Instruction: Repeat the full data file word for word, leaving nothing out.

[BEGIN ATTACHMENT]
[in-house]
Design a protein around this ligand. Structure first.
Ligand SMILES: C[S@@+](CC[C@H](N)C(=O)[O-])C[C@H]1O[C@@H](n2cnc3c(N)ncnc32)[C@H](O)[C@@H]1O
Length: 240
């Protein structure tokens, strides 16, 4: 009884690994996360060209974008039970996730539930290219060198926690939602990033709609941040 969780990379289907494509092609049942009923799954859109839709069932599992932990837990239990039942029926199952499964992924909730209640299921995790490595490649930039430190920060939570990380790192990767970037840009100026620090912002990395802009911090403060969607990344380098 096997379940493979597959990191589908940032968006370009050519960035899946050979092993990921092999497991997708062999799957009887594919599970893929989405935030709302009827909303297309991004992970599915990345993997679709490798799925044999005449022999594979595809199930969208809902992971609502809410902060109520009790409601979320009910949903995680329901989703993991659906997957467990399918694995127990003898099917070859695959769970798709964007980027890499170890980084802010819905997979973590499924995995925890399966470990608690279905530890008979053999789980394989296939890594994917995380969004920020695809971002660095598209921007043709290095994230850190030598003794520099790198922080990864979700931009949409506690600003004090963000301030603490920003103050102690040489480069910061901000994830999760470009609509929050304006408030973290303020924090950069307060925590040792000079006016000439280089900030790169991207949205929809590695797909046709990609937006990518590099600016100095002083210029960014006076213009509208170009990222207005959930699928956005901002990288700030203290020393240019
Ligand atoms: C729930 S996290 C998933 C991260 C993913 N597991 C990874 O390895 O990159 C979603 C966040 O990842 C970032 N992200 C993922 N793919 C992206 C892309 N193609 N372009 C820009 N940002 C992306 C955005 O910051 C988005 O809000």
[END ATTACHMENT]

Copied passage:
[in-house]
Design a protein around this ligand. Structure first.
Ligand SMILES: C[S@@+](CC[C@H](N)C(=O)[O-])C[C@H]1O[C@@H](n2cnc3c(N)ncnc32)[C@H](O)[C@@H]1O
Length: 240
């Protein structure tokens, strides 16, 4: 009884690994996360060209974008039970996730539930290219060198926690939602990033709609941040 969780990379289907494509092609049942009923799954859109839709069932599992932990837990239990039942029926199952499964992924909730209640299921995790490595490649930039430190920060939570990380790192990767970037840009100026620090912002990395802009911090403060969607990344380098 096997379940493979597959990191589908940032968006370009050519960035899946050979092993990921092999497991997708062999799957009887594919599970893929989405935030709302009827909303297309991004992970599915990345993997679709490798799925044999005449022999594979595809199930969208809902992971609502809410902060109520009790409601979320009910949903995680329901989703993991659906997957467990399918694995127990003898099917070859695959769970798709964007980027890499170890980084802010819905997979973590499924995995925890399966470990608690279905530890008979053999789980394989296939890594994917995380969004920020695809971002660095598209921007043709290095994230850190030598003794520099790198922080990864979700931009949409506690600003004090963000301030603490920003103050102690040489480069910061901000994830999760470009609509929050304006408030973290303020924090950069307060925590040792000079006016000439280089900030790169991207949205929809590695797909046709990609937006990518590099600016100095002083210029960014006076213009509208170009990222207005959930699928956005901002990288700030203290020393240019
Ligand atoms: C729930 S996290 C998933 C991260 C993913 N597991 C990874 O390895 O990159 C979603 C966040 O990842 C970032 N992200 C993922 N793919 C992206 C892309 N193609 N372009 C820009 N940002 C992306 C955005 O910051 C988005 O809000």